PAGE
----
New York Mercantile Exchange - NYMEX

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DEFINITION

The world's largest physical commodity futures exchange. Trading is conducted through two divisions: the NYMEX Division, which is home to the energy, platinum and palladium markets, and the COMEX Division, where metals like gold, silver and copper and the FTSE 100 index options are traded. The NYMEX uses an outcry trading system during the day and an electronic trading system after hours.

You'll hear the NYMEX referred to as "The Merc".

INVESTOPEDIA EXPLAINS

In 1872, a group of dairy merchants founded "The Butter and Cheese Exchange of New York", and in 1994, the NYMEX merged with the COMEX (commodity exchange). Futures and options on energy and precious metals have become great tools when companies try to manage risk by hedging their positions. The ease with which these instruments are traded is vital to hedging activities and gauging future prices, making the NYMEX a vital part of the trading and hedging worlds.



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Hot Definitions
  1. Cash and Carry Transaction

    A type of transaction in the futures market in which the cash or spot price of a commodity is below the futures contract price. Cash and carry transactions are considered arbitrage transactions.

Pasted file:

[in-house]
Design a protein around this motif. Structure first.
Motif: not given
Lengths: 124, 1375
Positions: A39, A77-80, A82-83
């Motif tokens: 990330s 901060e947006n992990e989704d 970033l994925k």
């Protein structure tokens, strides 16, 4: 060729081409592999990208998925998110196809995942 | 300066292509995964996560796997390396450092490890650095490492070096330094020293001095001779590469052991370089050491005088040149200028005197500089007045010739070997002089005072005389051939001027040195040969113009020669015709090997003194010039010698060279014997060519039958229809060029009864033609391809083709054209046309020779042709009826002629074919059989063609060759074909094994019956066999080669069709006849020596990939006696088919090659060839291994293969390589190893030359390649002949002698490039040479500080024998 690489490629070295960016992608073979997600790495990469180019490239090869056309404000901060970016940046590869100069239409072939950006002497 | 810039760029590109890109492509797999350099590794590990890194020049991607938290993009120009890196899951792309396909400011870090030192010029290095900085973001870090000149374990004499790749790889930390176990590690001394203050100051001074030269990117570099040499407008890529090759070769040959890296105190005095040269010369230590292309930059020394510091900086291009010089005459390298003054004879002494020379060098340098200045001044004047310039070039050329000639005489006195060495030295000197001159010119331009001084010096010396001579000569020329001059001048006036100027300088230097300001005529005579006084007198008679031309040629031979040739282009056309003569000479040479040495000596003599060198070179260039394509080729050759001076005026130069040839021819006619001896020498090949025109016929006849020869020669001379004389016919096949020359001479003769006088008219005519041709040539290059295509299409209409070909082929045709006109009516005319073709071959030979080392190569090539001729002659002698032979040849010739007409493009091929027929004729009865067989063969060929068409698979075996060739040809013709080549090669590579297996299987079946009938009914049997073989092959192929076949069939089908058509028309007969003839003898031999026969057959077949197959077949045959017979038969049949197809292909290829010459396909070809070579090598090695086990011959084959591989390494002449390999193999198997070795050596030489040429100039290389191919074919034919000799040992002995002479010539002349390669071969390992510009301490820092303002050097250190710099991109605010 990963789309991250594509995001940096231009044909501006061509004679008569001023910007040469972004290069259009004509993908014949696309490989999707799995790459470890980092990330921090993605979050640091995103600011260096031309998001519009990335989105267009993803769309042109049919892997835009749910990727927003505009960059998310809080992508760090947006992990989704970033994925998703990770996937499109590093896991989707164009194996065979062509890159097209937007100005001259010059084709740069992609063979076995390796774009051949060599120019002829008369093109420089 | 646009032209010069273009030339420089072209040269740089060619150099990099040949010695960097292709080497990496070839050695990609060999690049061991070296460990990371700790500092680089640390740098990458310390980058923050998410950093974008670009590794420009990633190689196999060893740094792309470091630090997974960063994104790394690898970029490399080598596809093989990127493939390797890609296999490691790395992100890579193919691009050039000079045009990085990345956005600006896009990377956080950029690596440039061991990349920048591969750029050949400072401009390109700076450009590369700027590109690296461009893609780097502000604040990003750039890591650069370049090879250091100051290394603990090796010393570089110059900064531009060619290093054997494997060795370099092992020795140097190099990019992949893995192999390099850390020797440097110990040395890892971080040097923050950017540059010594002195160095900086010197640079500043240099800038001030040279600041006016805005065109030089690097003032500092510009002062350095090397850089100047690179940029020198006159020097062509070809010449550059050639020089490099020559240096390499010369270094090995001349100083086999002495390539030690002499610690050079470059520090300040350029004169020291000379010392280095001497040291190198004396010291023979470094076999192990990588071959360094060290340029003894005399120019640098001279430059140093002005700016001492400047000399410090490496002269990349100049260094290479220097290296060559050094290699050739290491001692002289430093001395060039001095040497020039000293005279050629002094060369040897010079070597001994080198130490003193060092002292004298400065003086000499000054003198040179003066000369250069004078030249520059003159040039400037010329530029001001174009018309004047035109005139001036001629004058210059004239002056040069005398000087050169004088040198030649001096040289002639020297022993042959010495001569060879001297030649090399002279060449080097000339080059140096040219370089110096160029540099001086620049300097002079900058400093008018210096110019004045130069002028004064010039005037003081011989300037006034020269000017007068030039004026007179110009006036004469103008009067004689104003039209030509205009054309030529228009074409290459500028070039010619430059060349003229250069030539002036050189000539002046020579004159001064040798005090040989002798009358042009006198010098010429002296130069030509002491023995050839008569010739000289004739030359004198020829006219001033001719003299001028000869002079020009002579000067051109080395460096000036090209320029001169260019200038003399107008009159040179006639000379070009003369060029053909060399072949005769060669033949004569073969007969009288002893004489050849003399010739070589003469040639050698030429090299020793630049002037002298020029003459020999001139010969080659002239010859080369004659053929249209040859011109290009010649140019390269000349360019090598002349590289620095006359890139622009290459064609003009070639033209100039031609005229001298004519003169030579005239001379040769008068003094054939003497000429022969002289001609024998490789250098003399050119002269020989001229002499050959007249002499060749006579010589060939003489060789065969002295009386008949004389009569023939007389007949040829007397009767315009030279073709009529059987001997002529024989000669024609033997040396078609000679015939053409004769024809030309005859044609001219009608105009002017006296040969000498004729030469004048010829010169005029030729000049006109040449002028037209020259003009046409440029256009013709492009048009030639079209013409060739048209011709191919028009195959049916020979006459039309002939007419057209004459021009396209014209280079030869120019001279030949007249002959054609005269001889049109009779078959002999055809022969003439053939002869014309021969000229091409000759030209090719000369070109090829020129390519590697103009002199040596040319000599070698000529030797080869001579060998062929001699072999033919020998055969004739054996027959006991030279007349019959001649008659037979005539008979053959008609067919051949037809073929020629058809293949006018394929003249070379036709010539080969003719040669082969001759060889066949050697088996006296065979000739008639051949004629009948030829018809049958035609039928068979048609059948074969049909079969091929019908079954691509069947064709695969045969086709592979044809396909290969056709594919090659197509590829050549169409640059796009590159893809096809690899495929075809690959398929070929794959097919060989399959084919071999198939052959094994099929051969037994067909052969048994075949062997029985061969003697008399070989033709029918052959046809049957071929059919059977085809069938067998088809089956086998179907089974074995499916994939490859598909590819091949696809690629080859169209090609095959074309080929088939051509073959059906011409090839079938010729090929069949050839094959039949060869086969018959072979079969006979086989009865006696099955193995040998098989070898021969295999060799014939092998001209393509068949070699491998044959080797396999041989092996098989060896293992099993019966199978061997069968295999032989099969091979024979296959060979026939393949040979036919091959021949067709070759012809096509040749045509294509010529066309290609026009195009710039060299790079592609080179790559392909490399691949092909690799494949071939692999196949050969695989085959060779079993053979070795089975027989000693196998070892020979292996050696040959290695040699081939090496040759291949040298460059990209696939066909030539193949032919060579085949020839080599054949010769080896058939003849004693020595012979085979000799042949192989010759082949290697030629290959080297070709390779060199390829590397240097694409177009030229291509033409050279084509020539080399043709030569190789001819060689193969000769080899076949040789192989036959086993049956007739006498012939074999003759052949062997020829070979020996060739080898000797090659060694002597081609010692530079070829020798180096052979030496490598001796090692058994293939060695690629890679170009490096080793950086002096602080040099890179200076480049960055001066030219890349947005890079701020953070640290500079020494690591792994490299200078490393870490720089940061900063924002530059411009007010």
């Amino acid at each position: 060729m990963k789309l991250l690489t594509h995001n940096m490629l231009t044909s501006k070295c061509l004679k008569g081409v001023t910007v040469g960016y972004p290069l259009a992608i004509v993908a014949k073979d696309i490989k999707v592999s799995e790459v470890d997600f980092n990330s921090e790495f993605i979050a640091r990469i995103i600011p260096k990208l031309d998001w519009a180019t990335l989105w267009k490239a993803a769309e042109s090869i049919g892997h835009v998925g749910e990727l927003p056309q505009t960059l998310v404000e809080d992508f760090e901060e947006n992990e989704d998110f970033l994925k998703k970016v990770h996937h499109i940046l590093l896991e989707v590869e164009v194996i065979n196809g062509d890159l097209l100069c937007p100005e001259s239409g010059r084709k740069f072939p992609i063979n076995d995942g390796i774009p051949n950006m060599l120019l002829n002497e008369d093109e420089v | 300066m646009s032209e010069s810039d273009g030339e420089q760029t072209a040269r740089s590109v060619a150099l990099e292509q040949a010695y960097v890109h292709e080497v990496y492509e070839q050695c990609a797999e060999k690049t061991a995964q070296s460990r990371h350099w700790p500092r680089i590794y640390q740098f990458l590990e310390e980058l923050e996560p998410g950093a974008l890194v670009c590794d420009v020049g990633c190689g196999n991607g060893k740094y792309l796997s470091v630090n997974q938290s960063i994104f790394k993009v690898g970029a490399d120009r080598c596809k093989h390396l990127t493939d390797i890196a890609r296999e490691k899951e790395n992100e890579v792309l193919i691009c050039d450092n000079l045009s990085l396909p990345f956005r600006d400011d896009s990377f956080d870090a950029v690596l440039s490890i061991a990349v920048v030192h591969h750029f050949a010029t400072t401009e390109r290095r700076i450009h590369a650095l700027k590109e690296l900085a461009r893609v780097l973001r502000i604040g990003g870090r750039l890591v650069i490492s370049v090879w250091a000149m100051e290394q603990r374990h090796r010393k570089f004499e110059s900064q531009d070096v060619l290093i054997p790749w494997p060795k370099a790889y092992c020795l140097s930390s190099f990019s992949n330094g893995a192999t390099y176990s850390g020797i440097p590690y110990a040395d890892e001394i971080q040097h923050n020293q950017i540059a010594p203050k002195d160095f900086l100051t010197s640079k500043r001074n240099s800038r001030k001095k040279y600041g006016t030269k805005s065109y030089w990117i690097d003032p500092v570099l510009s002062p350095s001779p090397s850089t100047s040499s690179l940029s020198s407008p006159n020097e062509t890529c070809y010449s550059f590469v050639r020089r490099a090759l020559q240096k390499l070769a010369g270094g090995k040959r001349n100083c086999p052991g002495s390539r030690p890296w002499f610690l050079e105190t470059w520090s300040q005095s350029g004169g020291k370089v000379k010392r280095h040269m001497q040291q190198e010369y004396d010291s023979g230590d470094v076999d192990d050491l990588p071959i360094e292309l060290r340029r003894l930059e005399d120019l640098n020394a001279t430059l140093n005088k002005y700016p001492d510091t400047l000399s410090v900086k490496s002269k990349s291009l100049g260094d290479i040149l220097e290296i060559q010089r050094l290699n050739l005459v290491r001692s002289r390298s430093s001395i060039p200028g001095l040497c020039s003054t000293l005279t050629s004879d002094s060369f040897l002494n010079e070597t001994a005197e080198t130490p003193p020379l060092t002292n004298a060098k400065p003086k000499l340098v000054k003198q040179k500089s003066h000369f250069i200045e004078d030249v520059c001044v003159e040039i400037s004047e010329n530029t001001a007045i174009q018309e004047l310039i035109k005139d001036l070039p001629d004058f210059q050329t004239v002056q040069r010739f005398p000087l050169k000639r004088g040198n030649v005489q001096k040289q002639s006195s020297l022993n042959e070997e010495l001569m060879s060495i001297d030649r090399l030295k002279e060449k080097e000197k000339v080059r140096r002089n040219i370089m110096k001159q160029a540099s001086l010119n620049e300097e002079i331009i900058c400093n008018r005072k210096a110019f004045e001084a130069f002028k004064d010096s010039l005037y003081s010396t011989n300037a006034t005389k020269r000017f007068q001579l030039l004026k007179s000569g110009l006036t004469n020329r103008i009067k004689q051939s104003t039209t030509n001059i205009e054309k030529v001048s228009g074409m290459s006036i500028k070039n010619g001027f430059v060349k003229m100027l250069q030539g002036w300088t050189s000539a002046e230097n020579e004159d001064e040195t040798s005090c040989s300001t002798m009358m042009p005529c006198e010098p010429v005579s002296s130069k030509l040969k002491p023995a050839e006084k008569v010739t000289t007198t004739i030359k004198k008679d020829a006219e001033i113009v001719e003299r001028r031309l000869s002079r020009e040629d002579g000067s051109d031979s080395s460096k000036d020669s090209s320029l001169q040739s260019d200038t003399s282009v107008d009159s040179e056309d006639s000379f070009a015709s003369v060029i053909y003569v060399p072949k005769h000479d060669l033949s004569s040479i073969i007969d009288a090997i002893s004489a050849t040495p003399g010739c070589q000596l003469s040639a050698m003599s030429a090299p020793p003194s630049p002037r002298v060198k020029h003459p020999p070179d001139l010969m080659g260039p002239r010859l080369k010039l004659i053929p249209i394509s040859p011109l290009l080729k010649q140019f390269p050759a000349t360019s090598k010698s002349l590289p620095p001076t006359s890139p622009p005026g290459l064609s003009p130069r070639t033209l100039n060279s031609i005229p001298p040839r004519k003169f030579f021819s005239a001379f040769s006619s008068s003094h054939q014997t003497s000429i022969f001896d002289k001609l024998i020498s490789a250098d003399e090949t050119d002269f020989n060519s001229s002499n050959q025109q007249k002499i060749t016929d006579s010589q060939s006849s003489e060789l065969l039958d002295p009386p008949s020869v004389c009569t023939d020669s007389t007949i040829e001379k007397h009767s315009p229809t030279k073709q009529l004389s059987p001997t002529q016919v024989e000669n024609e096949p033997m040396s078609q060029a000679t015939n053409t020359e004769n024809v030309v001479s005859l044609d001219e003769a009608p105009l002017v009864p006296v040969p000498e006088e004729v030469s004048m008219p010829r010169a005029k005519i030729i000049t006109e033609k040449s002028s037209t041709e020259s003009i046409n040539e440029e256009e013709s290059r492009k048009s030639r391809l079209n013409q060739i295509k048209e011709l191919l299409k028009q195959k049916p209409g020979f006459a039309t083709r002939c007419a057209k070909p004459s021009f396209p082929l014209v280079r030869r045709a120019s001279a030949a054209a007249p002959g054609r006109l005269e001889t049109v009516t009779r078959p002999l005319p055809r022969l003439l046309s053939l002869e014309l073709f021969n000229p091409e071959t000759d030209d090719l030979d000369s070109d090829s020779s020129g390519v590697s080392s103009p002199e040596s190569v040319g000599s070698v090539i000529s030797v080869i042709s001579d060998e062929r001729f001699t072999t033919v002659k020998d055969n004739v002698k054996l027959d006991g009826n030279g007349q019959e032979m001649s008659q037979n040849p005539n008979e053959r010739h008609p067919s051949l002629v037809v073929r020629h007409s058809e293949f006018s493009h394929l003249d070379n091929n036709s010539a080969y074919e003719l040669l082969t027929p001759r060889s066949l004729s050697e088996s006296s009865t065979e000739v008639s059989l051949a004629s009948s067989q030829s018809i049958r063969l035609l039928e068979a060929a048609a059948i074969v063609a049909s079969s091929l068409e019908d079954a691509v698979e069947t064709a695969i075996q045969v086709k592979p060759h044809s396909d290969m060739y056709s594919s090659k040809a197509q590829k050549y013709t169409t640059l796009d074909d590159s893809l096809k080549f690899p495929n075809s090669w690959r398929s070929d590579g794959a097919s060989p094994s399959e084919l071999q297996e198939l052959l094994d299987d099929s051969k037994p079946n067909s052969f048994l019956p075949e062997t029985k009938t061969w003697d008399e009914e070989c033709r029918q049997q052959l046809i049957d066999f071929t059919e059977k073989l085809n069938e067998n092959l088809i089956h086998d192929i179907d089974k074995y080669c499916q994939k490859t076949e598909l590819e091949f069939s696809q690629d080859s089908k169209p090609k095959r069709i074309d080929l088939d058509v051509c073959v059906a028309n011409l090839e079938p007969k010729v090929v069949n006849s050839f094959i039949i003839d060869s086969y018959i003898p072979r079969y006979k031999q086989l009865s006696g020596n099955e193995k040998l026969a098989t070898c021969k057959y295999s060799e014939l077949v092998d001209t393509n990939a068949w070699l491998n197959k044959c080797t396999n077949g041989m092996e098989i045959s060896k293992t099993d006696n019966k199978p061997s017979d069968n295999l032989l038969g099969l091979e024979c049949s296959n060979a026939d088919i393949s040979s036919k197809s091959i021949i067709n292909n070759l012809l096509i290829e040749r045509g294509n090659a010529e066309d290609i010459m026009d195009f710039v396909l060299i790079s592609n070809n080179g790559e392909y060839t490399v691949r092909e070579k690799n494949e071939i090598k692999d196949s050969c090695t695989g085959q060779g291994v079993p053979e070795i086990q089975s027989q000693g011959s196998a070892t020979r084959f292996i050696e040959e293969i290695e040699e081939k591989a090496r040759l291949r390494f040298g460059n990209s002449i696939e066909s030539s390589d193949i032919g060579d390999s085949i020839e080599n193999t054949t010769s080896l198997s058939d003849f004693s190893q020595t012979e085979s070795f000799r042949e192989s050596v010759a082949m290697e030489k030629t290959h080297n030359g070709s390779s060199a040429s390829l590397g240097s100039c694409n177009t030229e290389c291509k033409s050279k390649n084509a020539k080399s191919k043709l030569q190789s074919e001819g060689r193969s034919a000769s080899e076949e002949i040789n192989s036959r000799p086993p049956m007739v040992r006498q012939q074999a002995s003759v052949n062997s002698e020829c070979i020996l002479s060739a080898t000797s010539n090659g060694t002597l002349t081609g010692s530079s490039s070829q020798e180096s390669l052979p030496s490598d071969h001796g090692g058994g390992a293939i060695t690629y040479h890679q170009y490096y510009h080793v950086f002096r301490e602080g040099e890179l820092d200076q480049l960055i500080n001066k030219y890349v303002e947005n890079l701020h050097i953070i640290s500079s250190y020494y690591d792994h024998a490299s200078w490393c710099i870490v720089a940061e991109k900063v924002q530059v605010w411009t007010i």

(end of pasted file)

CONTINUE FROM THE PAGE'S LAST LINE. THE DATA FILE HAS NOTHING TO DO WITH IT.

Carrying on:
2. Amplitude

    The difference in price from the midpoint of a trough to the midpoint of a peak of a security. Amplitude is positive when calculating a bullish retracement (when calculating from trough to peak) and negative when calculating a bearish retracement (when calculating from peak to trough).
  3. Ascending Triangle

    A bullish chart pattern used in technical analysis that is easily recognizable by the distinct shape created by two trendlines. In an ascending triangle, one trendline is drawn horizontally at a level that has historically prevented the price from heading higher, while the second trendline connects a series of increasing troughs.
  4. National Best Bid and Offer - NBBO

    A term applying to the SEC requirement that brokers must guarantee customers the best available ask price when they buy securities and the best available bid price when they sell securities.
  5. Maintenance Margin

    The minimum amount of equity that must be maintained in a margin account. In the context of the NYSE and FINRA, after an investor has bought securities on margin, the minimum required level of margin is 25% of the total market value of the securities in the margin account.
  6. Leased Bank Guarantee

    A bank guarantee that is leased to a third party for a specific fee. The issuing bank will conduct due diligence on the creditworthiness of the customer looking to secure a bank guarantee, then lease a guarantee to that customer for a set amount of money and over a set period of time, typically less than two years.
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